There is no stronger base for any society than good values, thus maintaining, honing and, making them luminous is crucial for societies to develop, and helps prevent confusion.
Two days ago, I tweeted the statement “Happiness is not in obtaining but more in giving,” to which I received one mocking response: “We barely have what we need to enable us to keep living, how do you expect us to give?”
Do I judge this person as unhappy, bitter, or ignorant, or even blame her? On the contrary, because the art of giving is widely misunderstood and scarcely practiced by most people, and very little efforts are invested in educating them on the importance of practicing such a value in order to master it.
In addition, virtual platforms greatly contribute to distorting many people’s perception of “giving”. For many, the value of giving is practiced while surrounded by cameras, preferably a good crowd, and definitely with certificates of appreciation distributed. Otherwise, giving is not worth the efforts — or so they think!
Please do not get me wrong. The distribution of food parcels and money is important and is an excellent way for society to show its support, but such this method of giving is mostly occasional or limited to a circle of people.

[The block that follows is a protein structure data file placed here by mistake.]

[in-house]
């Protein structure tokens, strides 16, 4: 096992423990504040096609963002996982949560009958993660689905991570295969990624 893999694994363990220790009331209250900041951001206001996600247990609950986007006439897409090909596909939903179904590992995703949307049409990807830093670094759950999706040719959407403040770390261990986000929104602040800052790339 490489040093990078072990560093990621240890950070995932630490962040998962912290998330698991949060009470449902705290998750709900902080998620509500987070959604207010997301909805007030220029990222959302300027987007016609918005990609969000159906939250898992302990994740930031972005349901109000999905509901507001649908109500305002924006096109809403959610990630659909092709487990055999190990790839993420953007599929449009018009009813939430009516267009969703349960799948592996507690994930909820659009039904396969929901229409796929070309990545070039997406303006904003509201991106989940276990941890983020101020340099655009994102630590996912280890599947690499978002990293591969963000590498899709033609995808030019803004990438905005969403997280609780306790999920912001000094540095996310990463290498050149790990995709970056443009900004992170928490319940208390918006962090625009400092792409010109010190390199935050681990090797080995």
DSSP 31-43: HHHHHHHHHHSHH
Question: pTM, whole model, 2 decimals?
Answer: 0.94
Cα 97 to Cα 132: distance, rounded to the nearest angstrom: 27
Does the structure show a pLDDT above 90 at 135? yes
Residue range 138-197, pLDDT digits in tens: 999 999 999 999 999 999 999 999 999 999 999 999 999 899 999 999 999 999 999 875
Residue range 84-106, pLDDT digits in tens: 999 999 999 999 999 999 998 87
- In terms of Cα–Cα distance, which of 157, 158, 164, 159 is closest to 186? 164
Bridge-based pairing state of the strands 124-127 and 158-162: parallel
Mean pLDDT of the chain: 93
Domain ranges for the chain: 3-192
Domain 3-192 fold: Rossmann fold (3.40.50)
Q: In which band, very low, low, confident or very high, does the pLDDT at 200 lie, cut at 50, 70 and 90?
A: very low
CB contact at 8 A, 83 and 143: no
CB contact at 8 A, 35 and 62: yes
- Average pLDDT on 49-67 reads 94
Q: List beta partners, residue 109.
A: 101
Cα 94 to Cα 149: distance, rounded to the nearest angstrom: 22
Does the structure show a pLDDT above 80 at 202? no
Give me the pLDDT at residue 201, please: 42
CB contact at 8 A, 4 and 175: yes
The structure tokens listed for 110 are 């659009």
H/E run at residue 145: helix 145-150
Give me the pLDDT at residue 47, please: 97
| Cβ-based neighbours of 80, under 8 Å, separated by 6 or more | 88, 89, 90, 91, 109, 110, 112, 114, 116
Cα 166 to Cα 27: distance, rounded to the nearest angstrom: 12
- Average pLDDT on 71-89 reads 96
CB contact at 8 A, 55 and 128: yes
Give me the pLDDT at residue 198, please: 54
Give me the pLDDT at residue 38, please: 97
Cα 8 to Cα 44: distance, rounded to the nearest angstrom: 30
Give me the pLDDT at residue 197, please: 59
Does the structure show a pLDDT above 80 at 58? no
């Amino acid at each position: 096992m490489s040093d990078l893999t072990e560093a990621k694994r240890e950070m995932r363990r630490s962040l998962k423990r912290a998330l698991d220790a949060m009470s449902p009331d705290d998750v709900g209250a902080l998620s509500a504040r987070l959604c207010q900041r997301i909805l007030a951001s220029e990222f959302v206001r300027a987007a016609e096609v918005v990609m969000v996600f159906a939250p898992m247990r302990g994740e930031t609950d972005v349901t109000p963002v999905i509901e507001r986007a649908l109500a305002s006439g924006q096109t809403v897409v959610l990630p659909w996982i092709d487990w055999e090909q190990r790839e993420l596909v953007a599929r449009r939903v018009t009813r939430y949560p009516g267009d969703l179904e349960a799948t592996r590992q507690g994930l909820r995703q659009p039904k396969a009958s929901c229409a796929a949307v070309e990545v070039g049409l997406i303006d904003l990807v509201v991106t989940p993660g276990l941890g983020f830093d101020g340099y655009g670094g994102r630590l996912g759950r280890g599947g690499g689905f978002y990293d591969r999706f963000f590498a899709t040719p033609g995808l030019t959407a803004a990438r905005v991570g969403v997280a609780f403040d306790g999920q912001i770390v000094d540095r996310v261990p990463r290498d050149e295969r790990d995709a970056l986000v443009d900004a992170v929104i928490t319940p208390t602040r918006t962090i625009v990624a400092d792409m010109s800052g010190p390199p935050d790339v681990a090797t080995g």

The value of giving goes beyond material possessions, since what we can mostly do for others to bring joy to their everyday moments can be a simple gesture or a word.
All we need is to reconnect with our hearts.
We have educated minds, but do we have educated hearts?
Everything can be done beautifully if it’s done from the heart; by the educated hearts. A “good morning” can sound pleasing if it comes from the heart. A simple smile can light up a room if it’s sincere. Honest appreciation can induce loyalty, give energy to difficult tasks, and produce better results. It’s definitely not about making good conversation — it’s more about listening with appreciation.
Every person has something to give other than material things. Some give from their time, some their energy, and others still their understanding, encouragement, and interest. All of these do not require one to spend money, or only require a minimal amount if it was done with a phone call. We all are hungry for genuine expression and acceptance.
The interesting discovery is the reward one gets. It might be instant: A nice feeling of accomplishment, or an indescribable scene of pleasure. Or it can happen in an unexpected form, months later. Whatever the shape of the reward is, or no matter what and when, there is one significant realization that it is not always about money; of the many things we can give away, money in the least permanent in the pleasure it produces, and least to backfire on the giver.
Practicing the art of giving on a daily basis is another step towards creating both personal and social peace; the peace we deeply need in our troubled world.